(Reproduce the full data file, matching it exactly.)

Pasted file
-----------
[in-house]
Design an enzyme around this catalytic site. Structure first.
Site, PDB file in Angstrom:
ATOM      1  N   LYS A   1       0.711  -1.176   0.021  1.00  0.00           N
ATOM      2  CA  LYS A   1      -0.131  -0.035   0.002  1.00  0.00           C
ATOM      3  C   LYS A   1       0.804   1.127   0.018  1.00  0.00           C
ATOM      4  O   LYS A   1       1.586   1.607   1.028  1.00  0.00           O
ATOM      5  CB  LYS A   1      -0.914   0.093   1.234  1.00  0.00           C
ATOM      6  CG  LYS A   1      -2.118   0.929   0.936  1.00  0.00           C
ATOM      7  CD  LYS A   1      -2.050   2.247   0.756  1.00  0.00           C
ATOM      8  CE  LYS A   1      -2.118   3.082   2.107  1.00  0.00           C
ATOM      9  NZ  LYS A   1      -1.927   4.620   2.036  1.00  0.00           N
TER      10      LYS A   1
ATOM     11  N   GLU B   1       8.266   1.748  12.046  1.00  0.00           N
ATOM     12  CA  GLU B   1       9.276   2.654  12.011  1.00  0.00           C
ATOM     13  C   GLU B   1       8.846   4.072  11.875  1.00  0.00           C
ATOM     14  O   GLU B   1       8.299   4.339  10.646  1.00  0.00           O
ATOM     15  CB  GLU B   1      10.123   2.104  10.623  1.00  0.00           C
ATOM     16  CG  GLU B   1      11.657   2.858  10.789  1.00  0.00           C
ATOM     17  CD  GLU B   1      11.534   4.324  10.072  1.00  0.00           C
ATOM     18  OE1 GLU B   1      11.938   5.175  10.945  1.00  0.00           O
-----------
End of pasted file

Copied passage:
[in-house]
Design an enzyme around this catalytic site. Structure first.
Site, PDB file in Angstrom:
ATOM      1  N   LYS A   1       0.711  -1.176   0.021  1.00  0.00           N
ATOM      2  CA  LYS A   1      -0.131  -0.035   0.002  1.00  0.00           C
ATOM      3  C   LYS A   1       0.804   1.127   0.018  1.00  0.00           C
ATOM      4  O   LYS A   1       1.586   1.607   1.028  1.00  0.00           O
ATOM      5  CB  LYS A   1      -0.914   0.093   1.234  1.00  0.00           C
ATOM      6  CG  LYS A   1      -2.118   0.929   0.936  1.00  0.00           C
ATOM      7  CD  LYS A   1      -2.050   2.247   0.756  1.00  0.00           C
ATOM      8  CE  LYS A   1      -2.118   3.082   2.107  1.00  0.00           C
ATOM      9  NZ  LYS A   1      -1.927   4.620   2.036  1.00  0.00           N
TER      10      LYS A   1
ATOM     11  N   GLU B   1       8.266   1.748  12.046  1.00  0.00           N
ATOM     12  CA  GLU B   1       9.276   2.654  12.011  1.00  0.00           C
ATOM     13  C   GLU B   1       8.846   4.072  11.875  1.00  0.00           C
ATOM     14  O   GLU B   1       8.299   4.339  10.646  1.00  0.00           O
ATOM     15  CB  GLU B   1      10.123   2.104  10.623  1.00  0.00           C
ATOM     16  CG  GLU B   1      11.657   2.858  10.789  1.00  0.00           C
ATOM     17  CD  GLU B   1      11.534   4.324  10.072  1.00  0.00           C
ATOM     18  OE1 GLU B   1      11.938   5.175  10.945  1.00  0.00           O